Insomnia: symptoms and treatment of sleep disorder
Insomnia disorder consists of a condition of dissatisfaction with the quantity or quality of sleep
Insomnia is characterised by
- difficulty in initiating sleep
- difficulty in maintaining sleep
Insomnia is a subjective disorder in that it refers to the subjective sense of difficulty falling asleep, maintaining sleep, or poor sleep quality.
Insomnia, specific characteristics of the sleep disorder
Specifically, insomnia can be characterised by:
- Difficulty falling asleep (initial/early insomnia);
- Frequent and prolonged nocturnal awakenings (maintenance insomnia);
- Early awakening in the morning (late insomnia);
- A combination of these difficulties (mixed or generalised insomnia).
How can one tell if a person suffers from insomnia?
In order to be able to consider a person truly suffering from a significant degree of insomnia, the minimum criteria are:
- amount of time for falling asleep and waking up at night equal to or greater than 30 minutes;
- frequency equal to or greater than 3 nights per week;
- duration equal to or greater than 6 months.
Although insomnia is defined as a sleep disorder, it has repercussions that extend beyond the sleep period, significantly affecting the waking period.
In fact, people who suffer from sleep disorders complain of daytime sleepiness and a deterioration in their ability to work (Morin, 1993).
Those who suffer from insomnia, compared to individuals without insomnia, also report high levels of anxiety and depression.
Insomnia may therefore represent a risk factor or a causal factor for the development of certain psychiatric disorders (Harvey, 2001; Lichstein, 2000).
Widespread occurrence of insomnia
Approximately 30 to 50 per cent of adults experience occasional difficulty sleeping through the night.
A sudden or stressful event may cause an episode of insomnia.
Generally, however, once that event is resolved, the sleep disturbances subside, thus denoting a transient feature of the problem.
However, for some predisposed persons, the difficulty may persist even after the trigger has disappeared.
6-13% of adults meet the criteria for a sleep disorder (DSM-5).
Insomnia disorder appears to have a higher frequency in women than in men.
Treatment of insomnia
The main forms of treatment for Insomnia Disorder are drug therapy and cognitive-behavioural psychotherapy.
Medication for sleep disorders
Drug therapy is often the first treatment for insomnia recommended by general practitioners.
The prescription of hypnoinducing drugs is especially common in the elderly, who seem to use sleeping pills twice as often (14%) as the general population (7.4%).
The use of hypnotic drugs or anxiolytics with a hypnotic function (benzodiazepines) is not recommended for longer than two weeks.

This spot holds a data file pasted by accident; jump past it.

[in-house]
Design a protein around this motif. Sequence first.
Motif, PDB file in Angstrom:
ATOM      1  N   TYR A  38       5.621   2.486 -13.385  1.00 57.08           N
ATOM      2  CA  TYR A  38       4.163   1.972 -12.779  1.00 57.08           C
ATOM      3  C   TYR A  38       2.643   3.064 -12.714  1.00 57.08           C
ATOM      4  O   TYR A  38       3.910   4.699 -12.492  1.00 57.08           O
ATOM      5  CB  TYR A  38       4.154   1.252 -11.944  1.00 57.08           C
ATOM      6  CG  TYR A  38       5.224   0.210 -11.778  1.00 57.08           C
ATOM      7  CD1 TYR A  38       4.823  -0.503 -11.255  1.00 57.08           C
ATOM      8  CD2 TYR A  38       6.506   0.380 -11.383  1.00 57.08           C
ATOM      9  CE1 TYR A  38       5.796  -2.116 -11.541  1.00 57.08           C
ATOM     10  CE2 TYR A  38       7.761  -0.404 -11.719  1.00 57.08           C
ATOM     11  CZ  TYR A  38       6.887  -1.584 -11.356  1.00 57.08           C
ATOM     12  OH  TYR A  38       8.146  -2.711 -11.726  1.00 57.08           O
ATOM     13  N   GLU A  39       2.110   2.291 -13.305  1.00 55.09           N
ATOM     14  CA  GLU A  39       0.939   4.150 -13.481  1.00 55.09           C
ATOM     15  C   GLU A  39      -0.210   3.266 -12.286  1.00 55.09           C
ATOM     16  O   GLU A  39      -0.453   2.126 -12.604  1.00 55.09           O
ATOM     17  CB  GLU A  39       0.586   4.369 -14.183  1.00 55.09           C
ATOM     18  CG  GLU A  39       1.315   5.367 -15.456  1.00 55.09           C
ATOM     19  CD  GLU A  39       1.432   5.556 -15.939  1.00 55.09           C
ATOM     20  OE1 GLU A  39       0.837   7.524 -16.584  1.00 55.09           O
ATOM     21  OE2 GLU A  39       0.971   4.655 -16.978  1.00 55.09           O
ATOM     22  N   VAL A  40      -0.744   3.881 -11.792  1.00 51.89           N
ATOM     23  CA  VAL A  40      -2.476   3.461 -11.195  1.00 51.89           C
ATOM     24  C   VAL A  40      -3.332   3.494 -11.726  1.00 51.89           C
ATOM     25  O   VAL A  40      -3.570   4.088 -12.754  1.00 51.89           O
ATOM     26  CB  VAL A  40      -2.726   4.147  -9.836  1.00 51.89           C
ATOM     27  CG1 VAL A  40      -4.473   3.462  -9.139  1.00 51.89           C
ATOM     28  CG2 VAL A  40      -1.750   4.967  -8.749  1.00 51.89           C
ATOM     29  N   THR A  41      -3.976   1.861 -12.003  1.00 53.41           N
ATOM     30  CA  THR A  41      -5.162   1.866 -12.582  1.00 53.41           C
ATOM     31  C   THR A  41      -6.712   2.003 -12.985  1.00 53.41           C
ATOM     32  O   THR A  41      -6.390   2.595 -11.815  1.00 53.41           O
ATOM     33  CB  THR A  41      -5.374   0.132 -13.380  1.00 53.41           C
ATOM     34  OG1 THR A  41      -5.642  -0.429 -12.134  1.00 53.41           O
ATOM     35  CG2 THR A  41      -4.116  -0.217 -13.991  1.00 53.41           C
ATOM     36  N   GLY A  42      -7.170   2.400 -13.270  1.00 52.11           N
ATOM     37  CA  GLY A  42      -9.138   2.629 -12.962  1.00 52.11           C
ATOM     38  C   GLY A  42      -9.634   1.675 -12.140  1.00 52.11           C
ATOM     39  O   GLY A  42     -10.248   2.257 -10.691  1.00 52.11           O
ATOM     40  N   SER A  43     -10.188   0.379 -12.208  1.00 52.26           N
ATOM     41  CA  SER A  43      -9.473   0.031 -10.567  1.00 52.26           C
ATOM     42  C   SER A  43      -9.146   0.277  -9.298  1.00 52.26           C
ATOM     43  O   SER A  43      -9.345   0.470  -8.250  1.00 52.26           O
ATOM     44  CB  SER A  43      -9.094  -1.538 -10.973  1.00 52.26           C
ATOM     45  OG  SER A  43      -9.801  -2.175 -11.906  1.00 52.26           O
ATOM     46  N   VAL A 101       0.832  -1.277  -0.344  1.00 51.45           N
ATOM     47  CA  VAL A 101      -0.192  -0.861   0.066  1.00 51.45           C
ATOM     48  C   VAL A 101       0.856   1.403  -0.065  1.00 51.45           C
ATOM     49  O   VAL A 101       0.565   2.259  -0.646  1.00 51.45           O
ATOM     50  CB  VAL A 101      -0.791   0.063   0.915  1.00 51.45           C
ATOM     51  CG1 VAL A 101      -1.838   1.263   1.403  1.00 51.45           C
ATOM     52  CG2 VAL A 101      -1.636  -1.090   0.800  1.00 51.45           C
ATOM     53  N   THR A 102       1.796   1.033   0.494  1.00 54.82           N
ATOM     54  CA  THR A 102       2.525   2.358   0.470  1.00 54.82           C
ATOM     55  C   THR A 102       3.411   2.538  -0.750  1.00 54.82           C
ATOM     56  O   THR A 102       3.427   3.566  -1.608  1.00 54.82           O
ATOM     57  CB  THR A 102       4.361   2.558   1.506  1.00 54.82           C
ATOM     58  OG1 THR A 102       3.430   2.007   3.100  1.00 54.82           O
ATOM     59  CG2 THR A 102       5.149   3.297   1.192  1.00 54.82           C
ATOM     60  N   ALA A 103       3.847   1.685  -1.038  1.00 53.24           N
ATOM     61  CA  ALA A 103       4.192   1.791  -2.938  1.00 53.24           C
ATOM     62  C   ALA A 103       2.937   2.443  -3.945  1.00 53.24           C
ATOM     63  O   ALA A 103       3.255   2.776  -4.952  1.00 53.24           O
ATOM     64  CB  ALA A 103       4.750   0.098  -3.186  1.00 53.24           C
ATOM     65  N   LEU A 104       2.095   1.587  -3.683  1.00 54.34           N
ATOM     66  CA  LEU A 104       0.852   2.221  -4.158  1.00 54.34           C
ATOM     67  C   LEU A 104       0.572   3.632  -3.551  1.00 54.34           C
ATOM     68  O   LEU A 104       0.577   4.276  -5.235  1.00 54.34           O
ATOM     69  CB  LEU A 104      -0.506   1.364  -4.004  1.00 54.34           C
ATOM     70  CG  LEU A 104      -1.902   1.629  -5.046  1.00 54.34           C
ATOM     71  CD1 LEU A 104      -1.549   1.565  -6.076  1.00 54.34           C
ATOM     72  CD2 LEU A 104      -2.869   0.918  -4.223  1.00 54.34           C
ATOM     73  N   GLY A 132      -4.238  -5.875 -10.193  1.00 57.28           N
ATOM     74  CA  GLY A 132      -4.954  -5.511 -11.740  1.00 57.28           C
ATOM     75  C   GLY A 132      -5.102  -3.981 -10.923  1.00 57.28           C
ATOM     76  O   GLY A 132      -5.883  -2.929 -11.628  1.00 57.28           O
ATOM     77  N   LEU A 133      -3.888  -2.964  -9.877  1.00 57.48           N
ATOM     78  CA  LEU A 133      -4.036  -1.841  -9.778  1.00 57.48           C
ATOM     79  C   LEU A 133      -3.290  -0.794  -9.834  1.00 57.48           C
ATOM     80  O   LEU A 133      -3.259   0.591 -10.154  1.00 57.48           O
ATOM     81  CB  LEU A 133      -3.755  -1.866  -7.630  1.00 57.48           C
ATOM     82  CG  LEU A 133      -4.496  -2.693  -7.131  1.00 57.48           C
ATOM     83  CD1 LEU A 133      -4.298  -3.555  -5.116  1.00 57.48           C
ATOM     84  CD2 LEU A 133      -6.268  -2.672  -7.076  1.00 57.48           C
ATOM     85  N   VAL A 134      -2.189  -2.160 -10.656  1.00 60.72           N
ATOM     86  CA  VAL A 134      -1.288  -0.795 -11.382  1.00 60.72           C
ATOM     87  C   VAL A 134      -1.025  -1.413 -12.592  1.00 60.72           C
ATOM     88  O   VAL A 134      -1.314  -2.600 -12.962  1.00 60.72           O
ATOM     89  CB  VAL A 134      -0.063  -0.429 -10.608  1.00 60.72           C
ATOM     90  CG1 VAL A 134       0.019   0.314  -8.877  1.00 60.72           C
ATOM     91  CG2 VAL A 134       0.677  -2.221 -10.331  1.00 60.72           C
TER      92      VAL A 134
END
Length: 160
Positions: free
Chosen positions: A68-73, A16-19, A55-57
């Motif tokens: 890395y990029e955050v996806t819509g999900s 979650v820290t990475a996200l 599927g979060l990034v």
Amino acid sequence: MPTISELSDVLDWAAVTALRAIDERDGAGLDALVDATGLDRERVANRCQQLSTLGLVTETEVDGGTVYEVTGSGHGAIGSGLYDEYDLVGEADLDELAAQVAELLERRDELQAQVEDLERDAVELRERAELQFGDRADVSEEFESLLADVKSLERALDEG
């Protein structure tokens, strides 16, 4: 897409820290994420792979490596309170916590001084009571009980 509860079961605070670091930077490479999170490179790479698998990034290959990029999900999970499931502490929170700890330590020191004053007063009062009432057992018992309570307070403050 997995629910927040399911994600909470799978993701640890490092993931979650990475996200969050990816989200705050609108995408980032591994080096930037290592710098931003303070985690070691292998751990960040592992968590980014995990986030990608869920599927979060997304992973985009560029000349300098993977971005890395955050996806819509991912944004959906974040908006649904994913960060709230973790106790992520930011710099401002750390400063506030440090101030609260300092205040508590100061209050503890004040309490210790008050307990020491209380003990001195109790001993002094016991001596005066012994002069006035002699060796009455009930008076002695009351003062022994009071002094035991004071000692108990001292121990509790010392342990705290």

Prolonged use may cause side effects such as daytime drowsiness and dizziness, as well as habituation and tolerance.
Attempts at drastic withdrawal cause a withdrawal syndrome, characterised by a bloody return of insomnia (rebound effect), psychomotor agitation, anxiety and tremors (Gillin, Spinwerber and Johnson, 1989).
This prompts the insomniac to take the drug again, creating a vicious circle.
Chronic intake of hypnotics is an important factor in maintaining the sleep problem.
For the long-term treatment of Insomnia Disorder, drugs with antidepressant and sedative effects (Trazodone) and melatonin are also used.
The latter has become a frequent choice especially for self-medication, however its administration is only indicated for individuals with reduced levels of this hormone.
Psychotherapy for sleep disorder
The integrated cognitive-behavioural treatment of insomnia involves the use of various intervention techniques, the choice of which is made according to the findings of the initial assessment.
That is, based on the phenomenological characteristics of the disorder of a specific insomniac patient.
The intervention techniques, which form the core of the cognitive-behavioural treatment for Insomnia Disorder are:
Education and sleep hygiene: in this phase, the aetiological and maintenance factors of insomnia are explained according to the cognitive-behavioural model.
The patient is also given basic information about sleep physiology (sleep stages, internal and external clock, individual differences) and sleep hygiene rules to improve sleep quality (e.g. avoidance of both alcoholic and caffeinated drinks and smoking in the two hours before bedtime).
Sleep restriction: this is a technique that aims to match the time spent in bed by the patient with the time actually spent sleeping.
Stimulus control: aims to extinguish the association of the bed and bedroom with activities incompatible with sleep (e.g. watching TV or planning the next day’s work).
Cognitive restructuring: procedure to change dysfunctional beliefs and expectations about sleep.
Relaxation techniques and imaginative distraction.
Efficacy of psychological treatment
The results of two meta-analyses (Morin, Culbert and Scwartz, 1994; Murtagh and Greenwood, 1995), in which more than 50 studies with a total of more than 2000 patients were considered, demonstrated the effectiveness of cognitive-behavioural therapy for insomnia problems in adults.
Behavioural techniques of stimulus control and sleep restriction appear to be the ‘active ingredient’ of cognitive-behavioural therapy for insomnia.
Approximately 70% to 80% of patients benefit from cognitive-behavioural therapy that aims to eliminate the cognitive and behavioural factors involved in the maintenance and exacerbation of insomnia.
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